I’ve begun the New Testament. Actually, I’ve finished Matthew.

This is through the Bible on CD that I’ve been listening to, and the narrator is no longer the inestimable Alexander Scourby; the narrator is now Mufasa, Bleeding Gums Murphy, the voice of CNN. James Earl Jones doesn’t have quite the expression that Scourby did – his reading isn’t flat, but compared to Scourby, it’s a bit soft. But he has the voice. And he uses it throughout. That low, rumbling, “If this is a consular ship, than where is the ambassador?” It’s a little distracting sometimes.

But here are my extractions from Matthew. Both of these points are inspired by Catholic Dave’s blog, which I’m not really posting on or reading on a regular basis any more, since it just makes me we want to argue, and I sense that it would be a pointless, conclusionless argument.

The first point comes from this passage:

But be not ye called Rabbi: for one is your Master, even Christ; and all ye are brethren.
And call no man your father upon the earth: for one is your Father, which is in heaven.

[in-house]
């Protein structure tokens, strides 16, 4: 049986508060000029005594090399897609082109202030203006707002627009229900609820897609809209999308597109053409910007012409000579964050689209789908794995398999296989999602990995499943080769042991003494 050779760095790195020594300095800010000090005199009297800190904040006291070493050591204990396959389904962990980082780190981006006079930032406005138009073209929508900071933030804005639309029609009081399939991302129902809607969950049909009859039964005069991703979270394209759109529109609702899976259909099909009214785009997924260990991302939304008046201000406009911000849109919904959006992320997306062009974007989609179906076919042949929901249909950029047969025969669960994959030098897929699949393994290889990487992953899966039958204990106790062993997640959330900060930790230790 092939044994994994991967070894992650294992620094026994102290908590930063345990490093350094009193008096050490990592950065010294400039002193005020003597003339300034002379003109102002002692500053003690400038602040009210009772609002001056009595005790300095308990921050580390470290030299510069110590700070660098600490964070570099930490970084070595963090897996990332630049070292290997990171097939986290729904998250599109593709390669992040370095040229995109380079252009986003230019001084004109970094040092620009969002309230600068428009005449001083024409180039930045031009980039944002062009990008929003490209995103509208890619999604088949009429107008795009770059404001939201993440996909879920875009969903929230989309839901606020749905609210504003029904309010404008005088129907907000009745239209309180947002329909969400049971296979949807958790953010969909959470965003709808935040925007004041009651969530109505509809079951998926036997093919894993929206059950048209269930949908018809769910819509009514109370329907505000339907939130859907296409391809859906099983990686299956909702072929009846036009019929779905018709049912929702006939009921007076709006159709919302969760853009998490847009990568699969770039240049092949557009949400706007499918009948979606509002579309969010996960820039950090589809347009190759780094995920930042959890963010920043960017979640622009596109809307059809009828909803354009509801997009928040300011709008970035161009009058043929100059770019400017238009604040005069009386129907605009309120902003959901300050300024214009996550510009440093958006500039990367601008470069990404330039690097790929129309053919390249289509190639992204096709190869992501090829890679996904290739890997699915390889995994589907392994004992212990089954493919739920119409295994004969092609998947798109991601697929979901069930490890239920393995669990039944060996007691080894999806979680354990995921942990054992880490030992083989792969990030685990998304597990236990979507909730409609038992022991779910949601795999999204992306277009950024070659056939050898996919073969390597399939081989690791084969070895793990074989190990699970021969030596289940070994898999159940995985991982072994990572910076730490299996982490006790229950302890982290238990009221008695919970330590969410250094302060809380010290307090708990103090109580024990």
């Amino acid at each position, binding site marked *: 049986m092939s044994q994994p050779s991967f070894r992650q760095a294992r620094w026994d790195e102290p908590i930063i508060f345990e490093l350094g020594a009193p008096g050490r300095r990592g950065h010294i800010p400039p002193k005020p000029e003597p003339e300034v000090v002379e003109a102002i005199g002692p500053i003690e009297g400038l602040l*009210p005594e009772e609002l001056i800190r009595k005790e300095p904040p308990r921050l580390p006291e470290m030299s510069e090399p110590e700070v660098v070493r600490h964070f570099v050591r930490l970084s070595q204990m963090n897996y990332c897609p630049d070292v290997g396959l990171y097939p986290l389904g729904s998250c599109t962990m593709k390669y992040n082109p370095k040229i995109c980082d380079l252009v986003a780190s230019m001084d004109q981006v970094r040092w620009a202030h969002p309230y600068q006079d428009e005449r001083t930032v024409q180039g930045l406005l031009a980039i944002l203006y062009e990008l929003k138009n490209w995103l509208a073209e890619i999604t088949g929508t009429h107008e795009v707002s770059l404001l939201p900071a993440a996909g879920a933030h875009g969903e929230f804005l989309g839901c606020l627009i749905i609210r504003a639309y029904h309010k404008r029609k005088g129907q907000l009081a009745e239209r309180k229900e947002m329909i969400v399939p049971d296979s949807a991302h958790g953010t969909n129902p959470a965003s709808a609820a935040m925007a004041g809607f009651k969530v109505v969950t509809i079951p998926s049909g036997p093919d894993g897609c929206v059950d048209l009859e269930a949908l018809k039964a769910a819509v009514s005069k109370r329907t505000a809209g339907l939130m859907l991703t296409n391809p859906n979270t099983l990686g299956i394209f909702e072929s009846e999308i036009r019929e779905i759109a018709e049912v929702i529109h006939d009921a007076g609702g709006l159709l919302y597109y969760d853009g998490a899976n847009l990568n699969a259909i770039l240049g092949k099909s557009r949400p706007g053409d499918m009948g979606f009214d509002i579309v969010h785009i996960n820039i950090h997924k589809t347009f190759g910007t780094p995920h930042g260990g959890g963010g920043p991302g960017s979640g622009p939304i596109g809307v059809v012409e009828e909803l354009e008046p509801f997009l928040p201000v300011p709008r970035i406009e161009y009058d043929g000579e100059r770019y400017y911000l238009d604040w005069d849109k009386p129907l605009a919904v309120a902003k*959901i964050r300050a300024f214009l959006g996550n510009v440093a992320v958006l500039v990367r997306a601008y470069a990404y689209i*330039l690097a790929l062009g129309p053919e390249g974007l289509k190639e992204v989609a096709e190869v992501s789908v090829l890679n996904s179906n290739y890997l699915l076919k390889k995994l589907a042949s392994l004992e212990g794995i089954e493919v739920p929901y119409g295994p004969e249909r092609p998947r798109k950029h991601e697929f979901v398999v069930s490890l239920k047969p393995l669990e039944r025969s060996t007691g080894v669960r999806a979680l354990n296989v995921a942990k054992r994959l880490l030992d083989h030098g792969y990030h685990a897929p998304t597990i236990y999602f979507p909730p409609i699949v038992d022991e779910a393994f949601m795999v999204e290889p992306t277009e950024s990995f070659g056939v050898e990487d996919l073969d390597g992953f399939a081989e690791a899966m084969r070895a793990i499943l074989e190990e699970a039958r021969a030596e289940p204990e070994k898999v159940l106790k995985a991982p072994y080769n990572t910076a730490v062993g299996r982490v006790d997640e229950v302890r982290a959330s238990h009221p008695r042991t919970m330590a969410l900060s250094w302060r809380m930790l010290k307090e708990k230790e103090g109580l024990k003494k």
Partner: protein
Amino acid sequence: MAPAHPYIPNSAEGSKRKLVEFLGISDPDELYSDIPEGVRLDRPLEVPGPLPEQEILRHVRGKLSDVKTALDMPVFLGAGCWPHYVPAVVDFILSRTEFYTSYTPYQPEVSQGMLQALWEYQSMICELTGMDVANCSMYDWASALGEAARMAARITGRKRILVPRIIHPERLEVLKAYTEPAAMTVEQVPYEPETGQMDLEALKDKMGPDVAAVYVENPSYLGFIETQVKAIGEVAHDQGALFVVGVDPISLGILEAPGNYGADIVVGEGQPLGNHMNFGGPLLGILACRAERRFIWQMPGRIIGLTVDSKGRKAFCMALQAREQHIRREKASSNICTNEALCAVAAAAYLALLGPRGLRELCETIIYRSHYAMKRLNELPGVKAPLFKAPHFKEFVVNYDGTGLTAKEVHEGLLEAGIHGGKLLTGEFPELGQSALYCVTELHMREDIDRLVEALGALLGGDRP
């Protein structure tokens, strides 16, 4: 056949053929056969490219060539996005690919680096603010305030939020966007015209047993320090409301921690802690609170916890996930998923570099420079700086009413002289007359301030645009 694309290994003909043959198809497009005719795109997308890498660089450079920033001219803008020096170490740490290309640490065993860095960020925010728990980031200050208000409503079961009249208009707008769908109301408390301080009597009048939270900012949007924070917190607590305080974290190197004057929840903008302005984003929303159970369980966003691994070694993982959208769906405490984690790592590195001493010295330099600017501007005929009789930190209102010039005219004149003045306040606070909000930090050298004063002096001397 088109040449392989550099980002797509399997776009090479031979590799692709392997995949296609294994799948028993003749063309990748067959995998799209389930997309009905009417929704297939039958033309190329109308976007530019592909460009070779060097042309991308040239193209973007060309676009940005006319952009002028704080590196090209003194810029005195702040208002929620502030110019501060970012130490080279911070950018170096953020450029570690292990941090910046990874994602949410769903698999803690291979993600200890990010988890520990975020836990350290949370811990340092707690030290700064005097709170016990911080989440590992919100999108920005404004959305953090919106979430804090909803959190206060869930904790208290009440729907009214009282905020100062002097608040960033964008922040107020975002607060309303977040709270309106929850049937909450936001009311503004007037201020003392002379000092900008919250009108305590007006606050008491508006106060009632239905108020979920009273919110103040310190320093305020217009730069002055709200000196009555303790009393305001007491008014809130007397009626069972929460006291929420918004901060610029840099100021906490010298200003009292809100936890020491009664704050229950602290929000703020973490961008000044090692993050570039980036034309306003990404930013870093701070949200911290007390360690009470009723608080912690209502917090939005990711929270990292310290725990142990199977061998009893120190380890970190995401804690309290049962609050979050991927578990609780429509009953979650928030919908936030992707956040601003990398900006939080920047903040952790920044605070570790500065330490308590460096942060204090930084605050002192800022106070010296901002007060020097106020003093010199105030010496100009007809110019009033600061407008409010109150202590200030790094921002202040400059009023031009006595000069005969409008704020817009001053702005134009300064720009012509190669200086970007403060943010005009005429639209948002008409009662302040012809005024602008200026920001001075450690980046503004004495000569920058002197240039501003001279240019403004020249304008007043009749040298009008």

Neither be ye called masters: for one is your Master, even Christ.
But he that is greatest among you shall be your servant.
(Matthew 23:8-11)

The term “pope” means “father”. Isn’t that a problem?

The second point is more general in nature. I had posted on Dave’s site that I thought the Catholicism, the New Testament, and modern western Christianity in general was essentially a Pauline-Petric religion. As proof of this, I offered this: Of the 23 non-gospel books, all but 6 were written by Peter, Paul, or one of their followers. Of the four gospels, two were written by apostles, and two were written by the followers of of Peter and Paul. But one of the two other apostles – Matthew – is sometimes noted to be in Paul’s camp. (I was going to say he’s his stooge, but that’s not respectful.) Matthew is the gospel that gives Peter much of his authority – the gospel where Peter walks on water, the gospel where Jesus calls Peter the rock upon which he builds his church. There’s more. But what I noticed is that Matthew includes stories where he’s not there. There are several points where he says that Jesus went off to be alone with just John and James and Peter, or even just Jesus and Peter went off by themselves. But these stories always seem to include Peter. So of the four gospels, perhaps 3 are followers of Peter and Paul, and one is independent?

I found that interesting.